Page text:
Our review of Lost in Random, developed by Zoink. Available now for PS5 (reviewed), PS4, Xbox X/S, Xbox One, Switch, and Windows.
WHAT IS IT?
A whimsical, occasionally amusing, but disappointingly derivative action-adventure.
IS IT GOOD?
It has some fun ideas, but nothing special.
WHO SHOULD PLAY IT?
Tim Burton’s kids.
Toronto geek that I am, I’ve managed to meet (and obtain autograph of) Ryan North several times. North is the Toronto-based creator of the delightful, consistently funny, and remarkably long-running Dinosaur Comics, a webcomic exploring everything from PG-13 Canada Day celebrations to bog people to declaring parts of your life “non-canon” to avoid responsibility. North’s success with Dinosaur Comics landed him gigs at Marvel and Archie Comics, not to mention a couple Eisner awards and, at one point, the #1 best-selling book on Amazon. The man is funny, he’s made an art out of breaking the fourth wall, and it makes perfect sense he was hired to write the Tim Burton-inspired Lost in Random. It’s unfortunate, then, that much of what makes North great has been lost in the translation to an interactive medium. Lost in Random is cute, and has moments of inspiration, but too much of it lands awkwardly, like a lopsided die.
THE NIGHTMARE BEFORE
It looks like a Tim Burton creation, and has the soundtrack to match, but Lost in Random pales in comparison to other Burton-alikes (notably Tim Schafer’s Psychonauts). Lost in Random is a fantasy adventure following Even, a 12-year-old girl whose sister, Odd, is taken away by an evil queen. Even, with the help of her magical die “Dicey”, must embark on an epic quest to reunite with Odd and, hopefully, save the kingdom. The kingdom is divided into six realms, from the lowly Onecroft (home of Even and Odd) to Two-Town and Threedom and so on. Each realm’s numerical theme feeds into its structure; for example, Threedom is the site of a three-way civil war between the competing heirs to the Threedom throne.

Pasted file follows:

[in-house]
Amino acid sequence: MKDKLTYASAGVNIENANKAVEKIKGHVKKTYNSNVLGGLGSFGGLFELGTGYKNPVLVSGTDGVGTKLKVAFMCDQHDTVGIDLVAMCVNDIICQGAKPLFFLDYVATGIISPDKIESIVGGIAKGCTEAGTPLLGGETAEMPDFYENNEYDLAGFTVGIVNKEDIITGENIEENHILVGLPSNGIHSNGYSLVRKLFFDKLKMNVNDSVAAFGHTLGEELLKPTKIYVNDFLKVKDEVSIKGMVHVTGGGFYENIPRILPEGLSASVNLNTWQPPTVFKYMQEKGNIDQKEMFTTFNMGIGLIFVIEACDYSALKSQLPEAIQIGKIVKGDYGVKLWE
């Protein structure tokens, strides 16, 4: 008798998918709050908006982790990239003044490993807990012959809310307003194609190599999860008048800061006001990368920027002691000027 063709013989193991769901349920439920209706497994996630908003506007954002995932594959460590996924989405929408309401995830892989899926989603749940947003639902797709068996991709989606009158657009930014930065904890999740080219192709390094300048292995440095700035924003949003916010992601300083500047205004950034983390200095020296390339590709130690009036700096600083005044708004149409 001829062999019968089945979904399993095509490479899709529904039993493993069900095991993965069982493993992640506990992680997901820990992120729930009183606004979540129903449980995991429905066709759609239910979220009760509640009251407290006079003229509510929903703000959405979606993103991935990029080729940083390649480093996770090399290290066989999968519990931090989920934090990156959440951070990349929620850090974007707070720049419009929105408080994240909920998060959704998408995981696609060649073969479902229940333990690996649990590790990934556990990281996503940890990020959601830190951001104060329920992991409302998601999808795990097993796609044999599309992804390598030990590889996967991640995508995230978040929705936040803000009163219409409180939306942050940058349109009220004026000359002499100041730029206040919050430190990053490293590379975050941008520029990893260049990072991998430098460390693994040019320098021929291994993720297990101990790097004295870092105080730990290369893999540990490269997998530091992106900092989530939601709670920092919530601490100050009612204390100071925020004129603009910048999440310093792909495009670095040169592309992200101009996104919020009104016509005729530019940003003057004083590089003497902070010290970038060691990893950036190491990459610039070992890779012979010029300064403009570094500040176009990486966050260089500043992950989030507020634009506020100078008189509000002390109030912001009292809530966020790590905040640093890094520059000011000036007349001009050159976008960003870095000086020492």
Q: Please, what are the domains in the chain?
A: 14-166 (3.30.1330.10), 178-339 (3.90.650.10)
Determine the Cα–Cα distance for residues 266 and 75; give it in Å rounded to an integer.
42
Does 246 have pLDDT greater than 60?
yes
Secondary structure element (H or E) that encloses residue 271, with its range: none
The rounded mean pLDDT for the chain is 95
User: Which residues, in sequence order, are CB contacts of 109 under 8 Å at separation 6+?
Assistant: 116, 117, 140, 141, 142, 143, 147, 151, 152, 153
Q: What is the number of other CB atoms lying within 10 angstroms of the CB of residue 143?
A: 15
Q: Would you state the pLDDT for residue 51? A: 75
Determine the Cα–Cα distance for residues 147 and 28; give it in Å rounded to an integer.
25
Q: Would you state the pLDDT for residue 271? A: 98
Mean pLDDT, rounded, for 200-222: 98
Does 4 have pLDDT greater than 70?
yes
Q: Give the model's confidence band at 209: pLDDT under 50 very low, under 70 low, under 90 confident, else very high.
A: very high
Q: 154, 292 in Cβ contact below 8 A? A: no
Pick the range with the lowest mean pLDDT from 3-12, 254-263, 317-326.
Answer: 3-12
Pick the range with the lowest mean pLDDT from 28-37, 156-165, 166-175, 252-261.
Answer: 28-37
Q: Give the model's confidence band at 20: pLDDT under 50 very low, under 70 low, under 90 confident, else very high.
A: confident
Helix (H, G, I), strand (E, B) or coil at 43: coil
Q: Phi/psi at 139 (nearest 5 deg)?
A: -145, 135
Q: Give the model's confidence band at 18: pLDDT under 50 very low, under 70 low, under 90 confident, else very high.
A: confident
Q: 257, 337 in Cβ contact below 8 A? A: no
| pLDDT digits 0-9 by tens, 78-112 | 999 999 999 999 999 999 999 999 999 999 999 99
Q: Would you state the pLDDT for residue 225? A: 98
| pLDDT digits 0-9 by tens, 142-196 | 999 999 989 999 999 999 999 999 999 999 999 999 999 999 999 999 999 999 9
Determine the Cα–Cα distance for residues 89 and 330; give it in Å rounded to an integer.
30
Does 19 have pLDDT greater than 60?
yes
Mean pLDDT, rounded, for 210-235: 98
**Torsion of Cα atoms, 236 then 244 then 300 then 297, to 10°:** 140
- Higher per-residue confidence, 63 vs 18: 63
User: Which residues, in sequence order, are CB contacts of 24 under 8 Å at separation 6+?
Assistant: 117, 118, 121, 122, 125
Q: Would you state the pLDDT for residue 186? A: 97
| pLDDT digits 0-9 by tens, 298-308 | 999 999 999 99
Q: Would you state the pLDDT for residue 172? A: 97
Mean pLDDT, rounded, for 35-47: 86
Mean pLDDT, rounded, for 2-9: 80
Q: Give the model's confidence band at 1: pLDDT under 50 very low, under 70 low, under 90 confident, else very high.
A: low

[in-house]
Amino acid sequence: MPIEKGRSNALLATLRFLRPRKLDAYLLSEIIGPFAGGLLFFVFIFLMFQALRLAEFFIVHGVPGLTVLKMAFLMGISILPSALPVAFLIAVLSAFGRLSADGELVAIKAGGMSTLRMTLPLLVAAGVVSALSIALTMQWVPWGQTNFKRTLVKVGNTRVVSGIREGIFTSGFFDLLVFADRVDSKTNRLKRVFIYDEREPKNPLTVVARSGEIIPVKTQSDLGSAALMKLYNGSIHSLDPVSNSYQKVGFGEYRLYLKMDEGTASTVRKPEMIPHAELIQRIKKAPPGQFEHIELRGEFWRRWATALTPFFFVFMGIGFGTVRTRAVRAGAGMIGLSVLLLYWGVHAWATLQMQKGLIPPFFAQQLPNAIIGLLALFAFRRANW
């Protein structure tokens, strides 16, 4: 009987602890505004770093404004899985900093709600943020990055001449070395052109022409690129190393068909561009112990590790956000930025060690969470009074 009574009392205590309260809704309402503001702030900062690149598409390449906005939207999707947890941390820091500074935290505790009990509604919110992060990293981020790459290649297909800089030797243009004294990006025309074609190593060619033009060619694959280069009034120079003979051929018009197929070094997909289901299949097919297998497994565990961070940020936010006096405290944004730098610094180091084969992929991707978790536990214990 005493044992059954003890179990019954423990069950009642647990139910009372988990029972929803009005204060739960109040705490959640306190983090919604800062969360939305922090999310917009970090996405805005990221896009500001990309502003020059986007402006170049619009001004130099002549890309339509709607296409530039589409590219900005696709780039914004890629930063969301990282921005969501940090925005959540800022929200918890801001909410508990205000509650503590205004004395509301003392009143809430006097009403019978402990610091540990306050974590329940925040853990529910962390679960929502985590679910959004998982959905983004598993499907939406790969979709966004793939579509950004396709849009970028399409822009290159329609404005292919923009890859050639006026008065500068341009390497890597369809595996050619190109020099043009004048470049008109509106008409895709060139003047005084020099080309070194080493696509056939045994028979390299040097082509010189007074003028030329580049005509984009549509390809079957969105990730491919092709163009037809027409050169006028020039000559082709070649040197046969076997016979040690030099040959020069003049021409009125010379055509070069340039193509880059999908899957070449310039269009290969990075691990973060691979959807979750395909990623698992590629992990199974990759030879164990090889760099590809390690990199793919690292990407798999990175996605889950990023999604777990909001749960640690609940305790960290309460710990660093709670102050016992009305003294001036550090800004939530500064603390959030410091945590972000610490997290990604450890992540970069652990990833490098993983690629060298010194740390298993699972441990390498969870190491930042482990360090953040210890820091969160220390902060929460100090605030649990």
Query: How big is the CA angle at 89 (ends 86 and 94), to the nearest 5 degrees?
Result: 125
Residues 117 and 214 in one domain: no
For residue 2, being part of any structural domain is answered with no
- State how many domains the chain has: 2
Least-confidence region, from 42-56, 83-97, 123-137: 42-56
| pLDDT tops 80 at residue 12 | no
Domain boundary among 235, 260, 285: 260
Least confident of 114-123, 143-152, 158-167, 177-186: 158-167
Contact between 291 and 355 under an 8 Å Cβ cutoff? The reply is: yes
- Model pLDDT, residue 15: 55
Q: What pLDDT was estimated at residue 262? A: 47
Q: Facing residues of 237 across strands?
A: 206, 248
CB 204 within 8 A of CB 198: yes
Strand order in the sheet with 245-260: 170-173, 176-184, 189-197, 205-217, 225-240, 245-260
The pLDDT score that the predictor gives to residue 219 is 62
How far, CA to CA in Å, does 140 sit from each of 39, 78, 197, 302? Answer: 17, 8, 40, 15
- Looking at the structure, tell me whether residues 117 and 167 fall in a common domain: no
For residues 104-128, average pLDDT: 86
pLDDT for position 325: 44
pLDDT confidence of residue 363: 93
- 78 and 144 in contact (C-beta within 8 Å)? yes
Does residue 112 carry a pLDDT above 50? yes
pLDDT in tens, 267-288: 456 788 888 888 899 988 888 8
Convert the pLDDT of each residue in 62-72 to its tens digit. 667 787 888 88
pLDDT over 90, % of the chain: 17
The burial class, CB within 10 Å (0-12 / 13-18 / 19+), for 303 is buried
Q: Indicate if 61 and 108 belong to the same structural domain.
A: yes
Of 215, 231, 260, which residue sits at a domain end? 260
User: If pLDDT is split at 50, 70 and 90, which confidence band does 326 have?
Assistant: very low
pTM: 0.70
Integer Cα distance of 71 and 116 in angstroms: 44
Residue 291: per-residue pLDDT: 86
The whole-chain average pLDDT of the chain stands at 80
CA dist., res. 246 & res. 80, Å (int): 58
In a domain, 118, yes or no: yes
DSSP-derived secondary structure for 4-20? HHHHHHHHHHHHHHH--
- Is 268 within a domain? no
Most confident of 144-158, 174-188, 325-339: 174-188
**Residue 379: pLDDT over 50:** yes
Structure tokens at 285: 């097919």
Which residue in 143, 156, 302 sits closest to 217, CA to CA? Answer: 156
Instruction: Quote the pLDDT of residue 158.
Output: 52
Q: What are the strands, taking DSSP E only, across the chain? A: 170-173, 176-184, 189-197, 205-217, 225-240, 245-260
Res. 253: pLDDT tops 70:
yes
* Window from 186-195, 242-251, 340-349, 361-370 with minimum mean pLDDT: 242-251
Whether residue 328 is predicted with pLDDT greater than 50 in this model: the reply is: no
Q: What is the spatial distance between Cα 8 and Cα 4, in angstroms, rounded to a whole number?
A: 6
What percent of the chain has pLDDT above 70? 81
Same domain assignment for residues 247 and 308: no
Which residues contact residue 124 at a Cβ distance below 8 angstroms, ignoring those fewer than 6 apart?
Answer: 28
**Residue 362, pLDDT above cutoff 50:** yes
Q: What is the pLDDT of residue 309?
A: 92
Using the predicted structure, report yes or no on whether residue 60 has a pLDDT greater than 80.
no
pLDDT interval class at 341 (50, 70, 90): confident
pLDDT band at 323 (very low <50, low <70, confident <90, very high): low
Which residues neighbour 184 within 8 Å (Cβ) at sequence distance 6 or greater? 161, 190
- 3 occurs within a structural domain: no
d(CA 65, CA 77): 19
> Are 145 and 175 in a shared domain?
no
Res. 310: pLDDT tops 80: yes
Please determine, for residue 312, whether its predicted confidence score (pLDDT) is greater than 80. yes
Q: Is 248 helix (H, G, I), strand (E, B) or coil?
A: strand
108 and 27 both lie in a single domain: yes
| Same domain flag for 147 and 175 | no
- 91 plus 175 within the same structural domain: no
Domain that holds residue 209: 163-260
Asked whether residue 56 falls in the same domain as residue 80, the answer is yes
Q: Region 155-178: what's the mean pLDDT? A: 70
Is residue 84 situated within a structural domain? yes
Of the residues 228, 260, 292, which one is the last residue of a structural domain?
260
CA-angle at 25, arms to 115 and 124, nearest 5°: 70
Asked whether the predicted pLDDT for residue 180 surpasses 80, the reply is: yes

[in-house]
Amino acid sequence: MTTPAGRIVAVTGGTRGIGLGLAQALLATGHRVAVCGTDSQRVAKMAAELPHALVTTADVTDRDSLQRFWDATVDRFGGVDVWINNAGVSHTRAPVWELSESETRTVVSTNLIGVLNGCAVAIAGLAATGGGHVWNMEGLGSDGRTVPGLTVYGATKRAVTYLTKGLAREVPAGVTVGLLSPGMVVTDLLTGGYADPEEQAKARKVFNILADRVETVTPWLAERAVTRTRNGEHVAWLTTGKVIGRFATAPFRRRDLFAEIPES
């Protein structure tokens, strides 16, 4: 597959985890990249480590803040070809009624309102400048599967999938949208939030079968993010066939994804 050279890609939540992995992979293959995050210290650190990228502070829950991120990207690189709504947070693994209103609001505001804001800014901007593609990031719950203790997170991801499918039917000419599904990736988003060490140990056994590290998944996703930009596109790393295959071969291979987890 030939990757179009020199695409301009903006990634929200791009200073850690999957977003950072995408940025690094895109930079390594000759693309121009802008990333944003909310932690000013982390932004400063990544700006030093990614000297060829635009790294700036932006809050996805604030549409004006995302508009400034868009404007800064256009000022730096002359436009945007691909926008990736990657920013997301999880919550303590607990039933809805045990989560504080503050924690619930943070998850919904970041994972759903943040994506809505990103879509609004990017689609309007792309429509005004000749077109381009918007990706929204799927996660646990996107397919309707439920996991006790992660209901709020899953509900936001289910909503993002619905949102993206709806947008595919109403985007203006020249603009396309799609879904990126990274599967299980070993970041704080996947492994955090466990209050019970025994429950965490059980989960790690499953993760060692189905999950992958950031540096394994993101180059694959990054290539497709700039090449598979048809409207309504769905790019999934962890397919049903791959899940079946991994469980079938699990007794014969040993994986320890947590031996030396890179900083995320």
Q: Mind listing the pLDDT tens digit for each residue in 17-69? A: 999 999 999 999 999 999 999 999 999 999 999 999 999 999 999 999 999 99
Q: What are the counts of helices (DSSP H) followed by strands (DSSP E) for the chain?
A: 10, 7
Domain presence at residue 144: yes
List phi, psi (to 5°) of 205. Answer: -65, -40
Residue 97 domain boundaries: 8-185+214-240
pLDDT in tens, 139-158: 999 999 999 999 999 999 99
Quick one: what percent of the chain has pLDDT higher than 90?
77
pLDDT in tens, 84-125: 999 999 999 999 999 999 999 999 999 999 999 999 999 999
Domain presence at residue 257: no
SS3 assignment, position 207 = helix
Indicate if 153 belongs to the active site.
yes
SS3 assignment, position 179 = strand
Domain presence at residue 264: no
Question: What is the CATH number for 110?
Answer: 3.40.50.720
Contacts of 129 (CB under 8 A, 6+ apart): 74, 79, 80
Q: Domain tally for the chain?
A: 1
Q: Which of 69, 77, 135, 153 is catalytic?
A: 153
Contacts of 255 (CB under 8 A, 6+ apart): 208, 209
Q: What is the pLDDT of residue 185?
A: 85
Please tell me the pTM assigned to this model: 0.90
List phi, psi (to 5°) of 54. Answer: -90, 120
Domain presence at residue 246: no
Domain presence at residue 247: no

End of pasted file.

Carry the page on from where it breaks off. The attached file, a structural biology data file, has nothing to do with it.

Lost in Random‘s first major problem, one which it never entirely overcomes, is that it squanders the whole random die-roll concept. You see, Even can roll her magical die mid-combat to activate various effects. If you assume, as I did, that the game’s core mechanic would be built around luck, you’d be mistaken. Really, all that rolling “Dicey” accomplishes is to pause combat, calling up an Attack/Spell/Item menu that’s structured as a set of playing cards. There’s slight randomness to which cards appear, but the whole system just reeks of Final Fantasy‘s Active-Time Battle system, with the dice and cards creating the thinnest veneer of “luck-based” gameplay.
Lost in Random would have been better served by a system where die rolls directly affected your status, enhancing or impairing your abilities. You could easily imagine a game where you unlock, say, a loaded die that tilts the odds in your favour, while enemies have their own tactics to ruin your luck. Lost in Random is not that game.
BIG FISH, BIG EYES
Lost in Random is not one of Ryan North’s best works. He’s a master of witty, self-aware dialogue, but here too much of it seems to have been written just to push the plot forward. Yes, there are some kooky Burtonesque characters, and some of the NPCs are amusing, but for a game with such lengthy dialogue sequences, I rarely found myself laughing. There are also some quirks which suggest North’s writing may have been tampered with. The sisters Even and Odd constantly refer to each other as “sis”, a bad writing crutch which T-Rex from Dinosaur Comics would be the first to criticize. It’s also annoying how the game uses the word “dice” for a singular die, as in, “I have a dice, I’ll throw it now.” I find it hard to believe that North, who has cultivated a reputation as a grammar nerd, would be guilty of this grammatical sin.
Lost in Random is a good example of a decent idea thwarted by odd choices. Why hire Ryan North, and not free him up to write a fourth-wall-smashing all-ages adventure, in the vein of his award-winning Squirrel Girl? Why build a game around die rolls, only to reduce everything to an RPG-style combat menu? Why do the combat sequences drag on for so. friggin. long?
I did like the story, and it was refreshing to play a kid-friendly game that didn’t rely on lazy humour or overly simplistic mechanics. But a half-baked fairy tale is still half-baked. That’s not random, that’s just lame.
Final Score: 6/10 Brothers Grimm.
Visit the official page for Lost in Random here.